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That hour I lost last night?

March 2, 2010

There are limitations to building complex relationships in MusicBrainz, and my best guess is that it’s because to handle every nuance of relationships between artists, tracks, labels, releases, etc. would make the system much more difficult to design. Stephen Malkmus’s relationship to the Silver Jews is such a relationship.

Malkmus and co-Pavement member Bob Nostanovich were founding members of the Jews, along with frontman David Berman. While Berman remained constant throughout the Jews’ now finished career (sadness!), Malkmus and Nostanovich came and went from album to album. I wanted to express his relationship to the band in MusicBrainz, and since he didn’t play on every album but was a founder, I thought that it would be appropriate to tick the “additionally” box when building the “performed on” relationships. However, after a really nice discussion in the edit notes with two other MB editors, we came to a sort of collective conclusion that MB can’t really handle this kind of nuance came-and-went band membership, and it’s best for me to cancel and redo with him as just “performed.” But one of the users did point out that this is exactly the kind of situation for which the annotation box is well suited. That is, I can go in and make a note that Malkmus was a founding member, but came and went.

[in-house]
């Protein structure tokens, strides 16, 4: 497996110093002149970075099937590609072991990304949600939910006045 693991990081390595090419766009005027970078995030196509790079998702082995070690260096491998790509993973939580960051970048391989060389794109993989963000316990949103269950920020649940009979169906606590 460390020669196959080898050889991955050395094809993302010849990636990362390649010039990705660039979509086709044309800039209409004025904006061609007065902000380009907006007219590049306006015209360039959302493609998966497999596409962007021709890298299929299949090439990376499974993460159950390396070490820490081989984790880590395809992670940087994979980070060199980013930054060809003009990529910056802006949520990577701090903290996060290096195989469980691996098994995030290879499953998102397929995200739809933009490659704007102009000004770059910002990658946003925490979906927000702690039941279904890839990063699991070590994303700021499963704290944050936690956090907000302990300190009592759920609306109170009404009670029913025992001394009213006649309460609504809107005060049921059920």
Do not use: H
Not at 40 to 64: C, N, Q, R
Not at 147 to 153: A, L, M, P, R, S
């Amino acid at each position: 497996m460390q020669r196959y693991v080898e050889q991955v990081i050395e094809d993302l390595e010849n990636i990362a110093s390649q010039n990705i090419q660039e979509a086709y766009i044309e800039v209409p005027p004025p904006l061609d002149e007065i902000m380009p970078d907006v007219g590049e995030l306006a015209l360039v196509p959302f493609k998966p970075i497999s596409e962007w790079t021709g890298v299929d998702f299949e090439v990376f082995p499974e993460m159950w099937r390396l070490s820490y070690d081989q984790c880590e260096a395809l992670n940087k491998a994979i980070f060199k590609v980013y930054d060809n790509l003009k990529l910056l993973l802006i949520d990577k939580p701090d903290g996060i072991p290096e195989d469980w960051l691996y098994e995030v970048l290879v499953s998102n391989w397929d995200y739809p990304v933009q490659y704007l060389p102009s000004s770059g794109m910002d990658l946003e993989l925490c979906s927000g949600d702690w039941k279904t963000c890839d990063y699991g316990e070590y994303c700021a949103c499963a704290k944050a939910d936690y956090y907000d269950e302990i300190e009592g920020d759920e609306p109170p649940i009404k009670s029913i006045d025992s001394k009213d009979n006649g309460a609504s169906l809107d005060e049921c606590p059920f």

I just made the changes but the system hasn’t updated yet. I can’t see my canceled edits or my new edits from my profile yet. I hope MB didn’t eat them or something. [UPDATE: apparently if you change too much, too fast, it just can’t keep up]

Why is this information important? In my opinion, connecting these entities in MusicBrainz, even just with annotation to explain, aids in using MB for music discovery and information in general. There may be a handful of Malkmus fans out there who don’t know about the Silver Jews, and would indeed be happy to discover them through a link to their profile on Malkmus’s page. I haven’t really thought about MB as a system for discovery until now, and I think it’s an area I’d like to look more closely at as I proceed. Building the relationships is a very nice way to bolster MB’s potential as a resource for music discovery.

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